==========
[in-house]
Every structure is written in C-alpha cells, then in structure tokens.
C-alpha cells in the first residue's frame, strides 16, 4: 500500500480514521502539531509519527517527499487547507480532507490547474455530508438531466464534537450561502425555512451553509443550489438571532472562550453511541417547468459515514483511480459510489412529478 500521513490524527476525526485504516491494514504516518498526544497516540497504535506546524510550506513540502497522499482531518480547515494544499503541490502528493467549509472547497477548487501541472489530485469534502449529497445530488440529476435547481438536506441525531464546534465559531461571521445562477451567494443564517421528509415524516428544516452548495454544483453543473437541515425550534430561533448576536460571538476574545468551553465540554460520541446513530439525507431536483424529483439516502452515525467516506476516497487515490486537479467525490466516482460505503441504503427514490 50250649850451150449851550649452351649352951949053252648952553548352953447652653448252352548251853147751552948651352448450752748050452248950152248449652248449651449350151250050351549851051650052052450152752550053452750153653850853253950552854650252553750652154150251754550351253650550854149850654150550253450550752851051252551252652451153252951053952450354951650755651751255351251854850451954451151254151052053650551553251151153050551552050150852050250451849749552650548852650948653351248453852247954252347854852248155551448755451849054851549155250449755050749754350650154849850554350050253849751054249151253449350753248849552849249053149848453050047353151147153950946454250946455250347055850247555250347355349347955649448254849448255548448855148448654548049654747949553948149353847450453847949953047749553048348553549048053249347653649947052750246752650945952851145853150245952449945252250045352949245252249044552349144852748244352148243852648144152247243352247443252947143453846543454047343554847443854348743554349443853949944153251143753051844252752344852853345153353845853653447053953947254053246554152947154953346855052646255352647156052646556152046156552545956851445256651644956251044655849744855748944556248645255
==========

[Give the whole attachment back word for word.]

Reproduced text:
[in-house]
Every structure is written in C-alpha cells, then in structure tokens.
C-alpha cells in the first residue's frame, strides 16, 4: 500500500480514521502539531509519527517527499487547507480532507490547474455530508438531466464534537450561502425555512451553509443550489438571532472562550453511541417547468459515514483511480459510489412529478 500521513490524527476525526485504516491494514504516518498526544497516540497504535506546524510550506513540502497522499482531518480547515494544499503541490502528493467549509472547497477548487501541472489530485469534502449529497445530488440529476435547481438536506441525531464546534465559531461571521445562477451567494443564517421528509415524516428544516452548495454544483453543473437541515425550534430561533448576536460571538476574545468551553465540554460520541446513530439525507431536483424529483439516502452515525467516506476516497487515490486537479467525490466516482460505503441504503427514490 50250649850451150449851550649452351649352951949053252648952553548352953447652653448252352548251853147751552948651352448450752748050452248950152248449652248449651449350151250050351549851051650052052450152752550053452750153653850853253950552854650252553750652154150251754550351253650550854149850654150550253450550752851051252551252652451153252951053952450354951650755651751255351251854850451954451151254151052053650551553251151153050551552050150852050250451849749552650548852650948653351248453852247954252347854852248155551448755451849054851549155250449755050749754350650154849850554350050253849751054249151253449350753248849552849249053149848453050047353151147153950946454250946455250347055850247555250347355349347955649448254849448255548448855148448654548049654747949553948149353847450453847949953047749553048348553549048053249347653649947052750246752650945952851145853150245952449945252250045352949245252249044552349144852748244352148243852648144152247243352247443252947143453846543454047343554847443854348743554349443853949944153251143753051844252752344852853345153353845853653447053953947254053246554152947154953346855052646255352647156052646556152046156552545956851445256651644956251044655849744855748944556248645255